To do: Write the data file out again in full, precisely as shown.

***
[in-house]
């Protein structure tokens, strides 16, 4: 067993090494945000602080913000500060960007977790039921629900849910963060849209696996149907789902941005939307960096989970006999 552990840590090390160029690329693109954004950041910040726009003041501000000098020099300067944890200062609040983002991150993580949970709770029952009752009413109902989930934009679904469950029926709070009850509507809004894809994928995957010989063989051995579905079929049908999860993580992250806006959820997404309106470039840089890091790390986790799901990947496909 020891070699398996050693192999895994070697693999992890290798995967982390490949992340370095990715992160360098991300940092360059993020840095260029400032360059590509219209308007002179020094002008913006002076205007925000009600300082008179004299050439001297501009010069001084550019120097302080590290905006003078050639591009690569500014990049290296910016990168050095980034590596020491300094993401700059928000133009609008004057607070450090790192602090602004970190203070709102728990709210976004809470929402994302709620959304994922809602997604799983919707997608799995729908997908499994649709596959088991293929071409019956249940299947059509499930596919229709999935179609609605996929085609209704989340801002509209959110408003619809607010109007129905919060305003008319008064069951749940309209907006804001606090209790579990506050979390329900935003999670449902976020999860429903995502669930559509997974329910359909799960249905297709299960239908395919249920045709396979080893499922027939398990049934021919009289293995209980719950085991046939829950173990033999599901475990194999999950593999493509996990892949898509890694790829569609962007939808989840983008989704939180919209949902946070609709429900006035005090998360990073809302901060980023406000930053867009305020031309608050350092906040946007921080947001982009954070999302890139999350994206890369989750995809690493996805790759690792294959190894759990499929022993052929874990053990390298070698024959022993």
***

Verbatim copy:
[in-house]
């Protein structure tokens, strides 16, 4: 067993090494945000602080913000500060960007977790039921629900849910963060849209696996149907789902941005939307960096989970006999 552990840590090390160029690329693109954004950041910040726009003041501000000098020099300067944890200062609040983002991150993580949970709770029952009752009413109902989930934009679904469950029926709070009850509507809004894809994928995957010989063989051995579905079929049908999860993580992250806006959820997404309106470039840089890091790390986790799901990947496909 020891070699398996050693192999895994070697693999992890290798995967982390490949992340370095990715992160360098991300940092360059993020840095260029400032360059590509219209308007002179020094002008913006002076205007925000009600300082008179004299050439001297501009010069001084550019120097302080590290905006003078050639591009690569500014990049290296910016990168050095980034590596020491300094993401700059928000133009609008004057607070450090790192602090602004970190203070709102728990709210976004809470929402994302709620959304994922809602997604799983919707997608799995729908997908499994649709596959088991293929071409019956249940299947059509499930596919229709999935179609609605996929085609209704989340801002509209959110408003619809607010109007129905919060305003008319008064069951749940309209907006804001606090209790579990506050979390329900935003999670449902976020999860429903995502669930559509997974329910359909799960249905297709299960239908395919249920045709396979080893499922027939398990049934021919009289293995209980719950085991046939829950173990033999599901475990194999999950593999493509996990892949898509890694790829569609962007939808989840983008989704939180919209949902946070609709429900006035005090998360990073809302901060980023406000930053867009305020031309608050350092906040946007921080947001982009954070999302890139999350994206890369989750995809690493996805790759690792294959190894759990499929022993052929874990053990390298070698024959022993």